A total of eight states held primary elections yesterday, four of which—Alabama, California, Iowa, and New Jersey—had LGBTQ candidates on the ballot. A total of 17 LGBTQ candidates ran, and a number of them racked up big wins last night.
Another two races are too close to call, including the highly watched San Francisco mayoral race, where Mark Leno is hoping to become the city’s first openly LGBTQ mayor.
Leno is holding onto a tight lead against London Breed of about 1,200 votes, at 50.42% of the vote compared to Breed’s 49.58%, and many votes left to be counted, reports ABC 7.
Update (6/14): Leno has conceded the race to Breed, who has become the first African American woman elected mayor of San Francisco.
State Senator Ricardo Lara is one step closer to becoming California’s first openly LGBTQ statewide elected official, after finishing a narrow second behind Republican Steve Poizner. Due to the state’s two-tier primary system, he will now face him in the general election.
Katie Hill, the executive director of a group dedicated to ending homelessness, is running to become the only LGBTQ woman in the U.S. House of Representatives.
Her race, like Leno’s, is still too close to call. Hill is currently in second, behind Steve Knight, who has advanced after winning the majority of votes, and ahead of Bryan Caforio. Hill has 20.2% of the vote to Caforio’s 18.3% at time of writing, with 100% of precincts partially reporting.
Jimmy Dutra, running for Santa Cruz County Supervisor, placed second, with 26% of the vote, allowing him to advance to the general election where he will face off against incumbent Greg Caput.
Jeffrey Prang won his reelection campaign to remain Los Angeles County Assessor, with over 46% of the vote. Prang previously served 18 years as a member of West Hollywood City Council, including four terms as Mayor.
Joaquin Rivera was also successful in his reelection effort, winning over 86% of the vote. He was first elected in 2010, and was also reelected in 2014.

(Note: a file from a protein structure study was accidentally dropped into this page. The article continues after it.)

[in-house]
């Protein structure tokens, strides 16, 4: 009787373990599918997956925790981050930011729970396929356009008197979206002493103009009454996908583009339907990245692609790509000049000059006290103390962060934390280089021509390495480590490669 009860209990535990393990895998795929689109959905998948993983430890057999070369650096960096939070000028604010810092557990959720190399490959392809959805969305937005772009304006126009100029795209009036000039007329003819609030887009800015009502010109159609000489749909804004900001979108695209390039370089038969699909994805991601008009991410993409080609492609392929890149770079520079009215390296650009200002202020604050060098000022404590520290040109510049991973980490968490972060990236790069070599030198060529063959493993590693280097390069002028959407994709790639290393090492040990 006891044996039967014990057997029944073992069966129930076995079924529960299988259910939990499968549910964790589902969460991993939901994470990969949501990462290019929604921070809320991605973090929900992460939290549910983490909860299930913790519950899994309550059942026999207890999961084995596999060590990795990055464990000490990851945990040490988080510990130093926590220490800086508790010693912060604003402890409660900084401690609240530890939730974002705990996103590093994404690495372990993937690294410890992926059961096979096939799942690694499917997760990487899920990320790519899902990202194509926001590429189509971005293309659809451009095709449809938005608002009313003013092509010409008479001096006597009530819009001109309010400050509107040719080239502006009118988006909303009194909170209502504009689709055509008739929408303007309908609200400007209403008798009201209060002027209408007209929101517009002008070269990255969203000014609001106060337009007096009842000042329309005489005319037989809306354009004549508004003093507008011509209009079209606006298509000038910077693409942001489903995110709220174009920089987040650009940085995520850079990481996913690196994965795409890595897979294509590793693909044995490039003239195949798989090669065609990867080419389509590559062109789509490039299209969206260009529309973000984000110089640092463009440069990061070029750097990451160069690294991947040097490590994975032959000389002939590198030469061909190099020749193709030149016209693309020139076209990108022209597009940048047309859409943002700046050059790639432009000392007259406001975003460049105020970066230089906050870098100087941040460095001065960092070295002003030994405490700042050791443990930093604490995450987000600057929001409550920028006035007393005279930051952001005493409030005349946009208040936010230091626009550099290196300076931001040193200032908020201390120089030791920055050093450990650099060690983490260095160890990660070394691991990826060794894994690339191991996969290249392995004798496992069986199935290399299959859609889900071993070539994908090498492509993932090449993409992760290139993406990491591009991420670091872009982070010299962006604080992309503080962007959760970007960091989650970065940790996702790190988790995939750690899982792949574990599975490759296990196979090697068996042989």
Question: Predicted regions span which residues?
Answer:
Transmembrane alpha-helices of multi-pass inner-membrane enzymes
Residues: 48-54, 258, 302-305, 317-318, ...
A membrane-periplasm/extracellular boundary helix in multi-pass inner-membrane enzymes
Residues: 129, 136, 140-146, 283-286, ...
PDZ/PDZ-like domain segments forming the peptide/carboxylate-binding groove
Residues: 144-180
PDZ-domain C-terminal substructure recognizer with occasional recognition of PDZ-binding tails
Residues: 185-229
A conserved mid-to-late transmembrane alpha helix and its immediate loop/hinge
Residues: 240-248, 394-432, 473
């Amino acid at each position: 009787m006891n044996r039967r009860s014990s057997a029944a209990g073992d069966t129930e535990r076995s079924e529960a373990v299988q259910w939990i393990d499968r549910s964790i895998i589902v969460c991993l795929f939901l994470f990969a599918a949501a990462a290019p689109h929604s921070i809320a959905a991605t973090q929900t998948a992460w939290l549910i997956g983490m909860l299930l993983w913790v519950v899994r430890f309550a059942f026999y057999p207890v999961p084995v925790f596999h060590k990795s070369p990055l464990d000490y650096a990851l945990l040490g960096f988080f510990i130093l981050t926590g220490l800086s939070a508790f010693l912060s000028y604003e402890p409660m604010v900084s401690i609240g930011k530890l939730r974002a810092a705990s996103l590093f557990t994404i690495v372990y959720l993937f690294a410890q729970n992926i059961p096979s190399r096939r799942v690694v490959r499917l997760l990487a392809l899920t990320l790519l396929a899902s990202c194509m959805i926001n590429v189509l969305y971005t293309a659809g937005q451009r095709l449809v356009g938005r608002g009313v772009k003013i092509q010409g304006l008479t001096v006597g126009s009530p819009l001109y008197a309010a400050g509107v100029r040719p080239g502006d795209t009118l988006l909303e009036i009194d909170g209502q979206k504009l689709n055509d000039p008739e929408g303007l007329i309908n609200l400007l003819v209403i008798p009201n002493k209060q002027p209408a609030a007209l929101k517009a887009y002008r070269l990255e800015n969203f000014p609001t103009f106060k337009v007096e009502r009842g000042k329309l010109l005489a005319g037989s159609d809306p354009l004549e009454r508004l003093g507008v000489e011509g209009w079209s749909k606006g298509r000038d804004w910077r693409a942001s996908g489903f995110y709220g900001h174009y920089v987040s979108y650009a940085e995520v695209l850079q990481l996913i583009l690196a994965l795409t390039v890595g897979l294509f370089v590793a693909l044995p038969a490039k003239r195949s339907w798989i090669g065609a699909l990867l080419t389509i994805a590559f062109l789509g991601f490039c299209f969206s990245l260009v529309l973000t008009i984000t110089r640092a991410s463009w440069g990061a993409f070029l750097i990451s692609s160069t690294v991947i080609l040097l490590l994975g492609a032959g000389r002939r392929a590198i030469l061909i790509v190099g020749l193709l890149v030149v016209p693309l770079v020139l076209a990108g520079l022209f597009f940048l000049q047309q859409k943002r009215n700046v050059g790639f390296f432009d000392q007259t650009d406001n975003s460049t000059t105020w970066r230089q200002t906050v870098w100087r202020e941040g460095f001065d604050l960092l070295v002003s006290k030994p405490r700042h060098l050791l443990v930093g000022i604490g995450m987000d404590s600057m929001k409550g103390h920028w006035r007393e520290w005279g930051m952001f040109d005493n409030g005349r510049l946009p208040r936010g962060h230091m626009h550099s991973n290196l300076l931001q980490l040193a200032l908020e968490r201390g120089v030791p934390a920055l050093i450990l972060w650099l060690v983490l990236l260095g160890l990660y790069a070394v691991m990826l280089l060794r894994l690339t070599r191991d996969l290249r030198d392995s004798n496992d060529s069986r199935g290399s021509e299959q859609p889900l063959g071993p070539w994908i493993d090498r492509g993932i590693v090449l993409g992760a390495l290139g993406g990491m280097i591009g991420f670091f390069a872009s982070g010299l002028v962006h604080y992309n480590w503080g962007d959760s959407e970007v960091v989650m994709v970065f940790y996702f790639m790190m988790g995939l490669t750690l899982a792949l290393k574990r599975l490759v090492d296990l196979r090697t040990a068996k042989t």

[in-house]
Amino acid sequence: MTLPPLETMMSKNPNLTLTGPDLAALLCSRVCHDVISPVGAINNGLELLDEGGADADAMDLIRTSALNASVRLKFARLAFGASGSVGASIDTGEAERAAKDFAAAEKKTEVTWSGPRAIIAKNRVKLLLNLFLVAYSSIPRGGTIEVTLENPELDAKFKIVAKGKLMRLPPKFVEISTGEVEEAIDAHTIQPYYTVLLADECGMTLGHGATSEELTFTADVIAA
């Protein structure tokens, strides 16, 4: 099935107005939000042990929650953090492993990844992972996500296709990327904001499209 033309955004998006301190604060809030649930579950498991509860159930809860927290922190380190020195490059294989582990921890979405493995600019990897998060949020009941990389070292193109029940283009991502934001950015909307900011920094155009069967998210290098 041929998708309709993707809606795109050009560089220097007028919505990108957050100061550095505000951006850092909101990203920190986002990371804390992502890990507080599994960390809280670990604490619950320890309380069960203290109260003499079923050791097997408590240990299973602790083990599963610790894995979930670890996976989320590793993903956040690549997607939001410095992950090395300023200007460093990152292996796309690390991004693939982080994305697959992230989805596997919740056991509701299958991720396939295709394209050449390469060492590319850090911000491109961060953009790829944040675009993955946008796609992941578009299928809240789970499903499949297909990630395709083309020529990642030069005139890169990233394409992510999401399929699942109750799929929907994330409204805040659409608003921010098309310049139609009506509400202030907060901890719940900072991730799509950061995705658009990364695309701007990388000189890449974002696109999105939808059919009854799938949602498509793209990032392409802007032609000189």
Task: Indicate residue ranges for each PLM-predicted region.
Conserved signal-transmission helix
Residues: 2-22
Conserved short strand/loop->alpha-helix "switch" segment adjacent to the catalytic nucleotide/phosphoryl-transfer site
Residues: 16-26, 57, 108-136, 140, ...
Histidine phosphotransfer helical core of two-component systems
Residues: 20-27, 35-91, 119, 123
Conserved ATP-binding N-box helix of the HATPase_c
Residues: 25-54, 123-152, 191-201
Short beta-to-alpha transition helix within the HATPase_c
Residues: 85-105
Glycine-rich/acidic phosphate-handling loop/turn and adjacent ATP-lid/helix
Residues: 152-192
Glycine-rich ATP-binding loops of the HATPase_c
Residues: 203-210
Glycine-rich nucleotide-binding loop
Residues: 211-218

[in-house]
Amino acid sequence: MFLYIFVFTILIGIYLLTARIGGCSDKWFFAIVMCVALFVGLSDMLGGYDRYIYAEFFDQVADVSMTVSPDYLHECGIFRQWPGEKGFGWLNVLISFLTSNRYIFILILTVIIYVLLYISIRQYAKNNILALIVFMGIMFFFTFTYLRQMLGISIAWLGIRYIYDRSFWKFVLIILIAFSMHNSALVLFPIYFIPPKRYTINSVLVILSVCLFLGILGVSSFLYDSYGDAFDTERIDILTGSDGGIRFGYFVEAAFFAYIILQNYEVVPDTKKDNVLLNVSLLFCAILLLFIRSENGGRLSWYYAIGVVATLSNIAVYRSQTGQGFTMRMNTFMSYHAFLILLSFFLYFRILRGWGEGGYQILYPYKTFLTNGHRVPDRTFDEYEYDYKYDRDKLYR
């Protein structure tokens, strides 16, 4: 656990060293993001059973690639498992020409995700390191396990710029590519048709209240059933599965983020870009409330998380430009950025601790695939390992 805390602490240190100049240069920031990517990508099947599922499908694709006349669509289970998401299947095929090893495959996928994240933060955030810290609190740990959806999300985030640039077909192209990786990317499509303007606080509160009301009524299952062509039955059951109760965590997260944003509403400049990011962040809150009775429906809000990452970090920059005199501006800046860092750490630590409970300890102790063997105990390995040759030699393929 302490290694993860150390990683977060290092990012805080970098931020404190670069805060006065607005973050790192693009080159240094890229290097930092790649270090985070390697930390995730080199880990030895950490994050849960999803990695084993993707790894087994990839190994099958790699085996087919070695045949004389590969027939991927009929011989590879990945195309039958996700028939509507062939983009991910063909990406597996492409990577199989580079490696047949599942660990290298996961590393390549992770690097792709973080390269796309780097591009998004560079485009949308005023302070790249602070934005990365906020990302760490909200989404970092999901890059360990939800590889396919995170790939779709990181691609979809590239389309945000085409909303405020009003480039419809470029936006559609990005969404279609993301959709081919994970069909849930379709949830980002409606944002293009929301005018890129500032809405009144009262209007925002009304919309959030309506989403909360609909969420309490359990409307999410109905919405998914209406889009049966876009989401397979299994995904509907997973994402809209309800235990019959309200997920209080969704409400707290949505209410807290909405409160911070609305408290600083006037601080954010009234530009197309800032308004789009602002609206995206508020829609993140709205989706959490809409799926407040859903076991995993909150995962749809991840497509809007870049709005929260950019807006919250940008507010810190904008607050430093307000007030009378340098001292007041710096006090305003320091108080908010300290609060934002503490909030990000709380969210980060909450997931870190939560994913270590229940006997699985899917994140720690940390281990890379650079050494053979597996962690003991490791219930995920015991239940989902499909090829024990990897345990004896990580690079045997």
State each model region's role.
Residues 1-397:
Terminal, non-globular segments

The following candidates won their elections running uncontested, or contested only by one other candidate thus making their advancement a foregone conclusion: Kevin Beiser, for San Diego Unified School Board President; Jennifer Campbell, for San Diego City Council; Sabrina Cervantes, for California Assembly; Mark Takano, for U.S. House of Representatives; and Joy Silver, for California State Senate.
The following candidates lost their elections: Linda Deos, for Davis City Council; Eric Gudz, for Davis City Council; Shay Franco-Clausen, for San Jose City Council; and Dave Myers, for San Diego County Sheriff.
In Alabama, Neil Rafferty is headed for a runoff election in the race for the House District 54 seat to replace Patricia Todd, in which he is facing off against Jacqueline Gray Miller. Todd, the first openly gay lawmaker in Alabama, has endorsed Rafferty.
The former Marine won 48% of the vote, but he needed 50% to avoid a runoff with Miller.
Felicia Stewart, who is also running for the Alabama House of Representatives, in District 46, won her primary running unopposed.
Julia Fahl won her bid to become Mayor of Lambertville.
Fahl unseated 27-year incumbent Mayor Dave DelVecchio in the race-deciding primary. Fahl won by 145 votes, 757 to 631, giving her a decisive 55%-45% win in the small town of fewer than 4,000, New Jersey Globe reports.
Liz Bennett ran her race for Iowa House of Representatives, running unopposed.
In other news, Zach Wahls, who made international headlines seven years ago for delivering an impassioned speech before the Iowa House of Representatives in defense of his lesbian mothers, in response to efforts to limit the rights of same-sex couples in the state, won his primary race for Iowa Senate District 37.